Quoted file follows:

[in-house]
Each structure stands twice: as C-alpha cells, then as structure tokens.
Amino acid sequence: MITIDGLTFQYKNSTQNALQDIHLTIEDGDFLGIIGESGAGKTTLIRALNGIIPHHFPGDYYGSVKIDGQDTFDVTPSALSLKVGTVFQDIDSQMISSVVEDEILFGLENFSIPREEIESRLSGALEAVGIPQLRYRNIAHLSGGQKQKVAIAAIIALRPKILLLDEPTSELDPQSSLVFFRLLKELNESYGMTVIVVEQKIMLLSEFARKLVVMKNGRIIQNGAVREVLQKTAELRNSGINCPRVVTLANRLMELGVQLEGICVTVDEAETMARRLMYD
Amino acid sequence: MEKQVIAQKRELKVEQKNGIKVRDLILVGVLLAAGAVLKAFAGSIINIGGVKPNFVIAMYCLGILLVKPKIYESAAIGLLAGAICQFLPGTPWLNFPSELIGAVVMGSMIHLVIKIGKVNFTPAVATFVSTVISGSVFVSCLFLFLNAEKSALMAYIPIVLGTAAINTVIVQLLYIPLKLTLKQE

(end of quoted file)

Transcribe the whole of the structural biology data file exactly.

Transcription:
[in-house]
Each structure stands twice: as C-alpha cells, then as structure tokens.
Amino acid sequence: MITIDGLTFQYKNSTQNALQDIHLTIEDGDFLGIIGESGAGKTTLIRALNGIIPHHFPGDYYGSVKIDGQDTFDVTPSALSLKVGTVFQDIDSQMISSVVEDEILFGLENFSIPREEIESRLSGALEAVGIPQLRYRNIAHLSGGQKQKVAIAAIIALRPKILLLDEPTSELDPQSSLVFFRLLKELNESYGMTVIVVEQKIMLLSEFARKLVVMKNGRIIQNGAVREVLQKTAELRNSGINCPRVVTLANRLMELGVQLEGICVTVDEAETMARRLMYD
Amino acid sequence: MEKQVIAQKRELKVEQKNGIKVRDLILVGVLLAAGAVLKAFAGSIINIGGVKPNFVIAMYCLGILLVKPKIYESAAIGLLAGAICQFLPGTPWLNFPSELIGAVVMGSMIHLVIKIGKVNFTPAVATFVSTVISGSVFVSCLFLFLNAEKSALMAYIPIVLGTAAINTVIVQLLYIPLKLTLKQE